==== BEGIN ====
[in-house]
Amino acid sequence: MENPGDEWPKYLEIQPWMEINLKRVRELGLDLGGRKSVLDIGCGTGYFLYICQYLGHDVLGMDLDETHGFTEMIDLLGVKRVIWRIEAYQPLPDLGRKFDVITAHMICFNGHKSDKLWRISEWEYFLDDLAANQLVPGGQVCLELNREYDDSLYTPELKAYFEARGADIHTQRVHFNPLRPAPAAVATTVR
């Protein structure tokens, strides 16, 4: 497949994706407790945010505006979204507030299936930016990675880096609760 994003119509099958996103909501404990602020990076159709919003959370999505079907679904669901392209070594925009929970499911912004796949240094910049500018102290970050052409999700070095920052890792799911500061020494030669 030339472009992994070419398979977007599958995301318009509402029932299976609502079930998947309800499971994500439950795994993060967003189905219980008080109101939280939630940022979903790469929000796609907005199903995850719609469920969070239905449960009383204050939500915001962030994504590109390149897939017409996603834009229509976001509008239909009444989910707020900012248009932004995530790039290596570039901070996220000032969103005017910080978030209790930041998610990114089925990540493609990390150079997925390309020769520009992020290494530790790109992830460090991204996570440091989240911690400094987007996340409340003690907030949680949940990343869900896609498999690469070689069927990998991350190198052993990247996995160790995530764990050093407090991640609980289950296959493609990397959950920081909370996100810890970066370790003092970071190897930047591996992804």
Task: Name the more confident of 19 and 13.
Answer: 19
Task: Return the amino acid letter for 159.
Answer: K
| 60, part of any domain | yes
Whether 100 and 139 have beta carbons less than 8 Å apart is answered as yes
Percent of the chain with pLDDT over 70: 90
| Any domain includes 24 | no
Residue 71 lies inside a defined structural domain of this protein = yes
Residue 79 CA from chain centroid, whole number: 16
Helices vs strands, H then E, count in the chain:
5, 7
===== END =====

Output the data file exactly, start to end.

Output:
[in-house]
Amino acid sequence: MENPGDEWPKYLEIQPWMEINLKRVRELGLDLGGRKSVLDIGCGTGYFLYICQYLGHDVLGMDLDETHGFTEMIDLLGVKRVIWRIEAYQPLPDLGRKFDVITAHMICFNGHKSDKLWRISEWEYFLDDLAANQLVPGGQVCLELNREYDDSLYTPELKAYFEARGADIHTQRVHFNPLRPAPAAVATTVR
């Protein structure tokens, strides 16, 4: 497949994706407790945010505006979204507030299936930016990675880096609760 994003119509099958996103909501404990602020990076159709919003959370999505079907679904669901392209070594925009929970499911912004796949240094910049500018102290970050052409999700070095920052890792799911500061020494030669 030339472009992994070419398979977007599958995301318009509402029932299976609502079930998947309800499971994500439950795994993060967003189905219980008080109101939280939630940022979903790469929000796609907005199903995850719609469920969070239905449960009383204050939500915001962030994504590109390149897939017409996603834009229509976001509008239909009444989910707020900012248009932004995530790039290596570039901070996220000032969103005017910080978030209790930041998610990114089925990540493609990390150079997925390309020769520009992020290494530790790109992830460090991204996570440091989240911690400094987007996340409340003690907030949680949940990343869900896609498999690469070689069927990998991350190198052993990247996995160790995530764990050093407090991640609980289950296959493609990397959950920081909370996100810890970066370790003092970071190897930047591996992804």
Task: Name the more confident of 19 and 13.
Answer: 19
Task: Return the amino acid letter for 159.
Answer: K
| 60, part of any domain | yes
Whether 100 and 139 have beta carbons less than 8 Å apart is answered as yes
Percent of the chain with pLDDT over 70: 90
| Any domain includes 24 | no
Residue 71 lies inside a defined structural domain of this protein = yes
Residue 79 CA from chain centroid, whole number: 16
Helices vs strands, H then E, count in the chain:
5, 7